Warwick Davis’ musical comedy gets a full run at The Other Palace in the new year after a one-off West End concert at the London Palladium in 2016.
Quincy meets Crossroads as the latest adaptation of a Peter James thriller, Not Dead Enough, hits the King’s Theatre. Literally. There’s a killer on the loose in Brighton.
Shaun McKenna’s sharp adaptation of the original novel by Peter James has plenty of intensity to leave audiences heads spinning, while Ian Talbot’s production is sharply focused when it comes to solving the mystery, but throwing in DS Roy Grace’s relationship with Cleo it can become easily distracted.
Million Dollar Quartet offers up some of the finest cuts of vintage rockabilly and rock n roll procured from some of the most legendary names in the history of music.
Highly entertaining: Pulsating and vibrant, Million Dollar Quartet provides a pleasing, high-tempo fictionalised account of one of the great jam sessions in the history of Rock’n’Roll.
When I read it and saw that Elspeth was what one might call a character part I jumped at the opportunity and was thrilled. Elspeth Howe is not essentially like me and these are the kind of roles that these days, I am very attracted to, I’ve always been attracted to them actually.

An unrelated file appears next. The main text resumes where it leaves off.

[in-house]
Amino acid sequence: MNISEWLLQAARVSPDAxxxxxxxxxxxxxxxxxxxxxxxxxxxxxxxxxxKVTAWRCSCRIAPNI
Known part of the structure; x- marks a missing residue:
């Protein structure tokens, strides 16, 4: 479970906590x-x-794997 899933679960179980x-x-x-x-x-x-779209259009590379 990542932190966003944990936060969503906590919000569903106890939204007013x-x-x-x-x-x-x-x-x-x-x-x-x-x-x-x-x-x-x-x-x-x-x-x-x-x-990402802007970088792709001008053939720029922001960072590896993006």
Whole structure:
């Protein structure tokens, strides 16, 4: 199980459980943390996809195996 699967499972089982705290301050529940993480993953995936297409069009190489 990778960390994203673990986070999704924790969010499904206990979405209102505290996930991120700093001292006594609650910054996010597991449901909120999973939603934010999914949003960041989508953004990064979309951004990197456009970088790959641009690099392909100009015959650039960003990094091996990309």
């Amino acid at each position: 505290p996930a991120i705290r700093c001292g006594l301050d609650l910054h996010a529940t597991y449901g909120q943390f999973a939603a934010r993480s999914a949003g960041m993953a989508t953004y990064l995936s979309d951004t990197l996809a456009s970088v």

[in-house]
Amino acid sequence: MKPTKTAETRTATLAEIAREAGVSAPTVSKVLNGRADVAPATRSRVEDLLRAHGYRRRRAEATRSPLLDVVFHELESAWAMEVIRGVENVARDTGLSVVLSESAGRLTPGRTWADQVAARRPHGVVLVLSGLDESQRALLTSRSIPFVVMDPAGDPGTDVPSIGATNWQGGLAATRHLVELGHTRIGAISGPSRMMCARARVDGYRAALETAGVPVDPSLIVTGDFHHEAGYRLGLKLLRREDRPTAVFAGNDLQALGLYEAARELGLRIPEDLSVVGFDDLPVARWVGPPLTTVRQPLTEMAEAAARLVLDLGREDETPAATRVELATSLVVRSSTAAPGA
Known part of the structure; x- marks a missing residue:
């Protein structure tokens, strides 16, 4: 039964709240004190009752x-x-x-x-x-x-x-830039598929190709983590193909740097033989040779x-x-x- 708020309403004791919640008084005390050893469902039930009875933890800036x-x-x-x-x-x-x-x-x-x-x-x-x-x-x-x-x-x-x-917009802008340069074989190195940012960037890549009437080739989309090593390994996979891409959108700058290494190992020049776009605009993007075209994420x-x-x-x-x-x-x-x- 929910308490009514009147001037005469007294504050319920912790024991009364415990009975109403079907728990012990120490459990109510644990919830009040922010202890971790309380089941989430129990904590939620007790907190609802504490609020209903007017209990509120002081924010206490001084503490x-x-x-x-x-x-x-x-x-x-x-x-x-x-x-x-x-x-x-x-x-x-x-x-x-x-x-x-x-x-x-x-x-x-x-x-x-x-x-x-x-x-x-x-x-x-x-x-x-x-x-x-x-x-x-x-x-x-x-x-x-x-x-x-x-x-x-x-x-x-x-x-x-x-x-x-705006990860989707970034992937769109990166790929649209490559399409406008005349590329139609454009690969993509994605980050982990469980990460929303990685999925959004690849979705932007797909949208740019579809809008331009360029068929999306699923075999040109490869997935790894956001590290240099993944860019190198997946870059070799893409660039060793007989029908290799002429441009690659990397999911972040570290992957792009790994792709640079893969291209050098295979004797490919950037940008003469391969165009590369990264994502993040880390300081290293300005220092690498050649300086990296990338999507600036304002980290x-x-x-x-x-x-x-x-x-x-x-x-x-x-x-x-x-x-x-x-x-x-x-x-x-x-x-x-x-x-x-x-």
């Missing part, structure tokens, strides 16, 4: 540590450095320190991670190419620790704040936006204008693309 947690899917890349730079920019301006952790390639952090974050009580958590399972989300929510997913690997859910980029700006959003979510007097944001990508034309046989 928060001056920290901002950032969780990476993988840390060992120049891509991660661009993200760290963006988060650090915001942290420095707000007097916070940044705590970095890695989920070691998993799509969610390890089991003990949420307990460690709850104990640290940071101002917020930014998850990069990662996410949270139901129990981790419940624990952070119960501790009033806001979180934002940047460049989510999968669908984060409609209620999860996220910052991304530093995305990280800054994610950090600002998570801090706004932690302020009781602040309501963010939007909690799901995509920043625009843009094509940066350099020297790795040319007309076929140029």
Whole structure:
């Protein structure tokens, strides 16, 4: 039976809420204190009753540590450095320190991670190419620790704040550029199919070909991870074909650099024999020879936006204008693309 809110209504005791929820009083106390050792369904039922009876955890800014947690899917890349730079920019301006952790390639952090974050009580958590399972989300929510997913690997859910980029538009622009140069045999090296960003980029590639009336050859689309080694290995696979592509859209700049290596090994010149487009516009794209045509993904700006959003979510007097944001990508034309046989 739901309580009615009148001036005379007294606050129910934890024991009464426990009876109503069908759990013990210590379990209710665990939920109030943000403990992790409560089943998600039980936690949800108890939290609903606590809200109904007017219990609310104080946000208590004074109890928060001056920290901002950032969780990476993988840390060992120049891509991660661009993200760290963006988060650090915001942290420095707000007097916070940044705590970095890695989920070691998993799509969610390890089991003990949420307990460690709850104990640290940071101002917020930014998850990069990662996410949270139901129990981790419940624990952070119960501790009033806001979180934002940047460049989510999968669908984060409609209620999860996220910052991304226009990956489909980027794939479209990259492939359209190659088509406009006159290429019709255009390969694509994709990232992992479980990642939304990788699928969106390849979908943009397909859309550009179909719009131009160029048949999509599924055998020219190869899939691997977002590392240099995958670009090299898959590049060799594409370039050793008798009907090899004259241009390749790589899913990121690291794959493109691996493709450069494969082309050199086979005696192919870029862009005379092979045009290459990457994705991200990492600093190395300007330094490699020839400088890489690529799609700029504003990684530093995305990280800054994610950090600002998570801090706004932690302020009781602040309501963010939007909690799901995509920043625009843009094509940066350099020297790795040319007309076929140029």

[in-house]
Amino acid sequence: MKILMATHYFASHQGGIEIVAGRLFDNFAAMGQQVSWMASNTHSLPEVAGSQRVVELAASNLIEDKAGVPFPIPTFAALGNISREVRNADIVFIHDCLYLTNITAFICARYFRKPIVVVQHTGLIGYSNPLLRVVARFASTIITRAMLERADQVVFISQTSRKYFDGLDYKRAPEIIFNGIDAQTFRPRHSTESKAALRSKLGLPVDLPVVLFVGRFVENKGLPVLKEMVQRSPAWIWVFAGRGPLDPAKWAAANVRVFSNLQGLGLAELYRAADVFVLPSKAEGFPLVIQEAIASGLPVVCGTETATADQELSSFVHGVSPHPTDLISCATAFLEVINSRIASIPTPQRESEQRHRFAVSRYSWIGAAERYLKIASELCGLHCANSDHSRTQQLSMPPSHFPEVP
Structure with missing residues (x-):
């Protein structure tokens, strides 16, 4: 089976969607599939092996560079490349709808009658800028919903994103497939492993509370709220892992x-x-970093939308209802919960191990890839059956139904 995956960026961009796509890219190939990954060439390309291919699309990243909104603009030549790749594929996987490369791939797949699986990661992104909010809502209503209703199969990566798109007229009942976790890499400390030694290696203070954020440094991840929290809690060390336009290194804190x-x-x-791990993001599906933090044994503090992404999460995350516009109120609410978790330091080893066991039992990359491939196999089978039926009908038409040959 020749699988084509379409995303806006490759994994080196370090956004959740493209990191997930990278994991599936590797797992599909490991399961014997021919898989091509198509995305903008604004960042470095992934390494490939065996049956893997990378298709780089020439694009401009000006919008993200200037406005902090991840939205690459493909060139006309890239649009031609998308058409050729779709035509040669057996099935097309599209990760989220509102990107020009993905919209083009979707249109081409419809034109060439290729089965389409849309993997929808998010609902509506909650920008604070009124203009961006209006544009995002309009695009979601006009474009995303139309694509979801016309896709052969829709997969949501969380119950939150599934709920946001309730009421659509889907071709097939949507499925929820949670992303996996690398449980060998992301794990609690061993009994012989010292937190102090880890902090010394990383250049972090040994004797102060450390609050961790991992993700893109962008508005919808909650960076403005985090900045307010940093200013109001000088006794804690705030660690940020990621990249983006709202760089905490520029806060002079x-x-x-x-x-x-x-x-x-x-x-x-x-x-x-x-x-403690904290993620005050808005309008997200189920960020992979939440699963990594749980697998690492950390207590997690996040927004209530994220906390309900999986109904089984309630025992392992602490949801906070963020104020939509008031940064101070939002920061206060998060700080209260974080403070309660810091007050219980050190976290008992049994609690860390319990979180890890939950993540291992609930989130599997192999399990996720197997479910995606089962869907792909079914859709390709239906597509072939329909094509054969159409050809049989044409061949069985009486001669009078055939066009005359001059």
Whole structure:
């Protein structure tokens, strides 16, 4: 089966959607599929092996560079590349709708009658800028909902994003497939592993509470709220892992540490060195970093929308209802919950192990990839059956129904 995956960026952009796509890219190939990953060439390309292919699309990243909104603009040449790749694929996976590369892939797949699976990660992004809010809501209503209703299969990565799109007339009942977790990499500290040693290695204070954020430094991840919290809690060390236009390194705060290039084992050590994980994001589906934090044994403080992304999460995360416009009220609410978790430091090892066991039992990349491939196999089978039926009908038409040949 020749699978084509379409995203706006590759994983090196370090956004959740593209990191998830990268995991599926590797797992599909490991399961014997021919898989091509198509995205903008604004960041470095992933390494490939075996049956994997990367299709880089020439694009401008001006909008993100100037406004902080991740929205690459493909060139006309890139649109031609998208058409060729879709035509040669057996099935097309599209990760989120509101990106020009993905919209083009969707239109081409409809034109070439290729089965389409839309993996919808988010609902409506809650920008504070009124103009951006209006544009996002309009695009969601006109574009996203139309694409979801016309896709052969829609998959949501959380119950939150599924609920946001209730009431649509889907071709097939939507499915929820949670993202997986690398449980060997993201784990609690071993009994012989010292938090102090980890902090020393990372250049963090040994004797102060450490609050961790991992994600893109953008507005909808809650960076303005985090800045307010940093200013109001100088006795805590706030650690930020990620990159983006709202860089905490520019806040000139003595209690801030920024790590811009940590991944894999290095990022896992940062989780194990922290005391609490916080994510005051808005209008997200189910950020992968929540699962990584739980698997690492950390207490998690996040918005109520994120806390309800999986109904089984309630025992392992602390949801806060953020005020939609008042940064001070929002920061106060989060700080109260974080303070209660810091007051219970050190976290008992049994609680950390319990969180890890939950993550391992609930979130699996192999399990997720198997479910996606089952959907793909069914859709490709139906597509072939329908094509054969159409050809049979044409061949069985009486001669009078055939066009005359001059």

MILLION DOLLAR QUARTET, the Tony Award-winning Broadway musical and West End hit, today reveals casting for the red-hot rock ‘n’ roll extravaganza which appears at Southbank Centre’s Royal Festival Hall. The show plays a limited season starring Martin Kemp from Saturday 17 December 2016 to Monday 2 January 2017.
Following a huge hiccup with regards to ticket collection and consequently a late running show, this world premiere concert of the new musical – in a one-off performance at the West End’s London Palladium on 29 June 2016 – was delightful, bizarre and completely unique.
Eugenius! makes for a curious tale. Tracking an implausible yarn of two brothers separated at birth, this ain’t no Blood Brothers, nor, with its focus upon geeky adolescents is it much of a Loserville either.
Dark energy: There is considerable entertainment in Peter James’ The Perfect Murder, an unremarkable, grimly humorous murder mystery elevated by the efforts of Shane Richie and Jessie Wallace.